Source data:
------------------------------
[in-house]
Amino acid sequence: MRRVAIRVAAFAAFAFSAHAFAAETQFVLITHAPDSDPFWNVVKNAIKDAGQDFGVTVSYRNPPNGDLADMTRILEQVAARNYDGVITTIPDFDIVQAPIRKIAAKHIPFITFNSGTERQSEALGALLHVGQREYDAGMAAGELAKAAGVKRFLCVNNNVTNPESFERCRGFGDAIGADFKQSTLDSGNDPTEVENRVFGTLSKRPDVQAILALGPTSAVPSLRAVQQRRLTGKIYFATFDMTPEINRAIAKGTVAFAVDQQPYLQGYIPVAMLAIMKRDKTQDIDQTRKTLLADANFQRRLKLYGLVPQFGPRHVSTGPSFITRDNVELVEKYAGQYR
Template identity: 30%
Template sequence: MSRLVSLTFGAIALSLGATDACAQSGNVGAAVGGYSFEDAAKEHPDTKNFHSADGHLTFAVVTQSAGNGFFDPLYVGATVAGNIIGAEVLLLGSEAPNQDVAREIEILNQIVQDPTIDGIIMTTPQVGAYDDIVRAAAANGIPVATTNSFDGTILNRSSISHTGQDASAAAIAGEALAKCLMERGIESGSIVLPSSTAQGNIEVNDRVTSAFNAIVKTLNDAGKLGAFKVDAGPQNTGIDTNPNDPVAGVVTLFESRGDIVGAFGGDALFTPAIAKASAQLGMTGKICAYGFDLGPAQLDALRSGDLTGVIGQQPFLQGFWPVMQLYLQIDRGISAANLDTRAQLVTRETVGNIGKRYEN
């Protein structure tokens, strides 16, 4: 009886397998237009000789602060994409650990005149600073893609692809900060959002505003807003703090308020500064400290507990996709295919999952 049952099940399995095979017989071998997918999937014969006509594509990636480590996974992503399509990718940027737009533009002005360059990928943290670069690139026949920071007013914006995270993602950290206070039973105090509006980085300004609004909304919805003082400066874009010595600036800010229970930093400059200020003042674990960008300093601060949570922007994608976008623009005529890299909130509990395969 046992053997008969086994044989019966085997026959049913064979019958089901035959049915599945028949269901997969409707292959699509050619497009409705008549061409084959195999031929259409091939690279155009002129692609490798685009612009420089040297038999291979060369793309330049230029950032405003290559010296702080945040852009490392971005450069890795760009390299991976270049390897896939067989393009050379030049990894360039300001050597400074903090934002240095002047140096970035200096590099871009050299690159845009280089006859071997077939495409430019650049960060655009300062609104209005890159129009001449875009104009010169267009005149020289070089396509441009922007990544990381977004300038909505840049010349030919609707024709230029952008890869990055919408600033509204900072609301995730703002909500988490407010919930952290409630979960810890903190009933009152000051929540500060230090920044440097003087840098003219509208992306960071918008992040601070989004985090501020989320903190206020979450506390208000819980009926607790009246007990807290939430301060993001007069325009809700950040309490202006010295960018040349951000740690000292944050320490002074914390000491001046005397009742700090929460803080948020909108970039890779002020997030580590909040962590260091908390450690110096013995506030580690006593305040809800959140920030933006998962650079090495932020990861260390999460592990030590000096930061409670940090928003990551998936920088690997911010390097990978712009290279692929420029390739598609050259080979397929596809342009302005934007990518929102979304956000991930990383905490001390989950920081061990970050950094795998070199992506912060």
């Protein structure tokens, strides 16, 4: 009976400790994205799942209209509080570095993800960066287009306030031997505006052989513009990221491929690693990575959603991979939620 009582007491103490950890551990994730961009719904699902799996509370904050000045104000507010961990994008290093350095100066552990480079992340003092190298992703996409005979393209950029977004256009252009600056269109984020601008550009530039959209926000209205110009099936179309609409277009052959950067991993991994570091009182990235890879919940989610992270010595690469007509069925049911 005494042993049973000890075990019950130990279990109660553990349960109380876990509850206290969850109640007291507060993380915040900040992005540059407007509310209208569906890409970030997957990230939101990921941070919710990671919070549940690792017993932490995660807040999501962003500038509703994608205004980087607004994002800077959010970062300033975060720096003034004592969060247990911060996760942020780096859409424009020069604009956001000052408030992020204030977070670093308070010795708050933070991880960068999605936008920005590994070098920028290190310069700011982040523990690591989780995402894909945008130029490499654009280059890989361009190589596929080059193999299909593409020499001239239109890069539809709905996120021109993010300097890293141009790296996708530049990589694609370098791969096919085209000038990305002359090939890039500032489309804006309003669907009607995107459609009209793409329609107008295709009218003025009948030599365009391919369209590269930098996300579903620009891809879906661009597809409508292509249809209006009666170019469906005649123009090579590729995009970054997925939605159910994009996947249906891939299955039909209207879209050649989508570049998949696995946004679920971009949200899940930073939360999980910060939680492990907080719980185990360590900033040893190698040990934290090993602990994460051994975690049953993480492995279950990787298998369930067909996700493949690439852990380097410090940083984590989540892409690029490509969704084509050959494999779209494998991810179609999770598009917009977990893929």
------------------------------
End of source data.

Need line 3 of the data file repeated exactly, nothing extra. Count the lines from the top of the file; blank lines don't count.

Template identity: 30%